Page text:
Another challenge for therapists right now is that anything a client is experiencing, including working from home, having kids at home, having a spouse at home, and the trauma of the world events, they as the therapist could also be experiencing. This is only compounded if they identify as a member of a minoritized group themselves. Dr. Stern notes, “This has definitely been a difficult time to be a therapist because everyone we are treating is experiencing such a universal and existential crisis, all while experiencing the world’s pain ourselves.” Ellie Herman LCSW, a Licensed Clinical Social Worker in Pennsylvania, adds “One of the most tricky aspects of my job right now is that we are all experiencing trauma together. Many of the stressors clients bring up are stressors we all share currently. I, and other therapists, are processing the goings on in the world while also counseling.” In other words, it is much harder to create distance and leave work at work and home at home.
There is, as Dr. Hayden notes, also a degree of guilt in feeling overwhelmed at all, but, therapists are also human, and are living through a pandemic, where their lives have been impacted. As Ms. Huminski points out, sometimes working can serve as a coping skill as it can be rewarding and add to her sense of purpose and meaning. It can also help distract from worries and challenges in her own life. But other days, she says, she can feel burnt out and fatigued by it. Sarah Isaacs, a therapist from Raleigh, NC, notes some of her own burnout comes from not seeing people get better right now. She says, “One of the most rewarding parts of my job is seeing the changes people make in their lives and with all of this going on we are all just maintaining. It is draining.”
Outside of work, to cope, many therapists turn to friends, family, and self-care. Ms. Herman focuses on sleep and has tried blue light glasses to help with the long lengths of screen time of telehealth, while Ms. Leuty credits group chats and social media for helping her stay connected. Nearly universally, however, the therapists endorsed utilizing their own therapist during the pandemic for support, whether they had one prior to the pandemic or resumed again during. Ms. Herman says she started to see one in October and it has been a source of strength to help her cope. She says, “Therapy is self-care. We help clients learn about themselves everyday, and to engage in our own therapy allows us that gift and perspective as well.” Ms. Isaacs says it is hard to stare at a screen for any more time during the day and to make appointments, but she prioritizes it, because it is important to stay well. Dr. Stern adds that therapy, “provides you a space that is yours [and], as therapists, we are consistently absorbing other people’s emotions and experiences, so seeking out your own therapist allows you to release your own.” That space is desperately needed, particularly now.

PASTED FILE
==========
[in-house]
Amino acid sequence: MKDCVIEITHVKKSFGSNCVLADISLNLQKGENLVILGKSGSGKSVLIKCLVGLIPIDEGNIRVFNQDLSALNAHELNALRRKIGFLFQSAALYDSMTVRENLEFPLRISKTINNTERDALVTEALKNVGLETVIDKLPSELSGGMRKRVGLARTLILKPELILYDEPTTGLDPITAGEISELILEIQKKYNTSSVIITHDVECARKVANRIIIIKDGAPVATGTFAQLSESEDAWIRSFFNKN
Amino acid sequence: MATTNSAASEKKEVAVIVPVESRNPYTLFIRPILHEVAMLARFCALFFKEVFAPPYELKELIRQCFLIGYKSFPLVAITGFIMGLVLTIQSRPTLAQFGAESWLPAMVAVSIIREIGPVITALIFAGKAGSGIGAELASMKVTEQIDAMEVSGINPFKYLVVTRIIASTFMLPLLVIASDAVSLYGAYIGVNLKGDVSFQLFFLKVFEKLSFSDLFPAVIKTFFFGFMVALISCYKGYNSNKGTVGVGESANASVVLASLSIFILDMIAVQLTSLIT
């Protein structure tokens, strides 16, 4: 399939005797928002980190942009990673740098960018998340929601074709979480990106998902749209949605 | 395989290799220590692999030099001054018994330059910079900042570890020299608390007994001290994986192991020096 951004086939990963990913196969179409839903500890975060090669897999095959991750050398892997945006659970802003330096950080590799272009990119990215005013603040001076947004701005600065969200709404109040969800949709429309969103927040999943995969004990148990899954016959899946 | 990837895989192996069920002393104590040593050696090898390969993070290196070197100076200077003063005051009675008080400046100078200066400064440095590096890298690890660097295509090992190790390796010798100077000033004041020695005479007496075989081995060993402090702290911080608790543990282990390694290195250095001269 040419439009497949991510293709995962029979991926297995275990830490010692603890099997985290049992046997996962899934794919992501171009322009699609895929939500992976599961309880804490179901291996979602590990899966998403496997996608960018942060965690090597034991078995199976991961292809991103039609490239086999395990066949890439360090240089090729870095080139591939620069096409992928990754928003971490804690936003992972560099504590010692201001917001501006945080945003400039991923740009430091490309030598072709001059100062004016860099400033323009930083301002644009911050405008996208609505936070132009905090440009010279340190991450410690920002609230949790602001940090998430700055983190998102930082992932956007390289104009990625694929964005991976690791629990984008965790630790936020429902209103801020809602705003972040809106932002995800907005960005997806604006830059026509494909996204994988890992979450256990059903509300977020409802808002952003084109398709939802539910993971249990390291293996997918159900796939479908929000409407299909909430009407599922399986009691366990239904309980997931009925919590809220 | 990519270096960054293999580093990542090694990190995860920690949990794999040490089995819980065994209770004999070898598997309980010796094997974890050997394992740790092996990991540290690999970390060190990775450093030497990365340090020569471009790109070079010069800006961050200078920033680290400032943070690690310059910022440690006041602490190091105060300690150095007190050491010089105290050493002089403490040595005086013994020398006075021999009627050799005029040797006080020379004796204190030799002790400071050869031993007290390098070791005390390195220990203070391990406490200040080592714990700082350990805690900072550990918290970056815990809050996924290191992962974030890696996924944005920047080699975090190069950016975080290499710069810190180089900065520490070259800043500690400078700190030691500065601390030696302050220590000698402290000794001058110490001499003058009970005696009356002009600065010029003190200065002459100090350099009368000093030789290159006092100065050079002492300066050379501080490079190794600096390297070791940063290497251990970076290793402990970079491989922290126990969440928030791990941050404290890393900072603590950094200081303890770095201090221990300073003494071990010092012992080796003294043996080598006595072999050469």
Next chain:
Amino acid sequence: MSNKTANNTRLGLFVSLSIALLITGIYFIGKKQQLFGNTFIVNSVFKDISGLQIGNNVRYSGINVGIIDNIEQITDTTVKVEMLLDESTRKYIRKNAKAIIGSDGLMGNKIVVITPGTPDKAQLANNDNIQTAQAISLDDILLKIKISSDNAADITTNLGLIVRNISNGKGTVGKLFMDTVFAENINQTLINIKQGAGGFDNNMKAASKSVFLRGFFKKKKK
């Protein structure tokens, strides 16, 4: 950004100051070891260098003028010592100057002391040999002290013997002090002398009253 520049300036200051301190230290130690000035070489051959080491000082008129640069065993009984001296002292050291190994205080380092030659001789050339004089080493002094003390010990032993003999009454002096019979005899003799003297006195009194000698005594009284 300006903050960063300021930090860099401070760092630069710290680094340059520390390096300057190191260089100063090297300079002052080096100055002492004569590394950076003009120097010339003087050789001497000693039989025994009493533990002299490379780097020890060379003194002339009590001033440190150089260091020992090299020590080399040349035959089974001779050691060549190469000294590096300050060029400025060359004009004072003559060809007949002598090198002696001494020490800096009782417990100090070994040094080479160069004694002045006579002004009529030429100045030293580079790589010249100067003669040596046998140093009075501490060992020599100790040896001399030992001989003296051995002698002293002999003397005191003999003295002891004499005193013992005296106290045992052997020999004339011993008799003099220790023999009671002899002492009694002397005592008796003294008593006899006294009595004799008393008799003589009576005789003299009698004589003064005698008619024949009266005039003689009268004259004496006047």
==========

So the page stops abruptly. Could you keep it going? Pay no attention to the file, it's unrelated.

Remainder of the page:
Of note, however, just because therapists get their own help when they need it, does not mean patients should worry about them handling their problems in session. Ms. Huminski adds, “It can be hard writing and speaking honestly about this as I don’t want my clients, prospective clients, or colleagues to worry about me. I’m old enough to have experienced that stigma. If there’s a message I want to be clear about is that therapists (and all healthcare workers) can both hold space to help others AND have their own challenges. The important part is that they’re addressed and cared for. The danger for all of us comes when the stigma is too high to ask for that help or take that time off.” Ultimately, patients should feel comfortable asking therapists for help, and therapists should also notice that burnout is real and they, too, should prioritize themselves and ask for help, especially in a global pandemic.
Long before Covid-19, psychiatrists warned that the retirement of more than half the current workforce was on the horizon and the need to train new mental health workers was critical. The pandemic and increasing provider distress are only accelerating a trend that was in place for quite some time. Therapists are a limited resource and, cannot, no matter how much they try, make up for a broken mental health system with extra hours, night and weekend accommodations. With wait times increasing and trauma lasting long after the pandemic, it will only be more difficult to see them. But, it will also not be their fault.
To put it simply, as Brit Barkholtz says, “[They] are human. [They] care. [They]’re doing the best [they] can.” It is time to start investing in fixing the mental health system and increasing the pipeline to help give therapists the support they truly need and clearly deserve.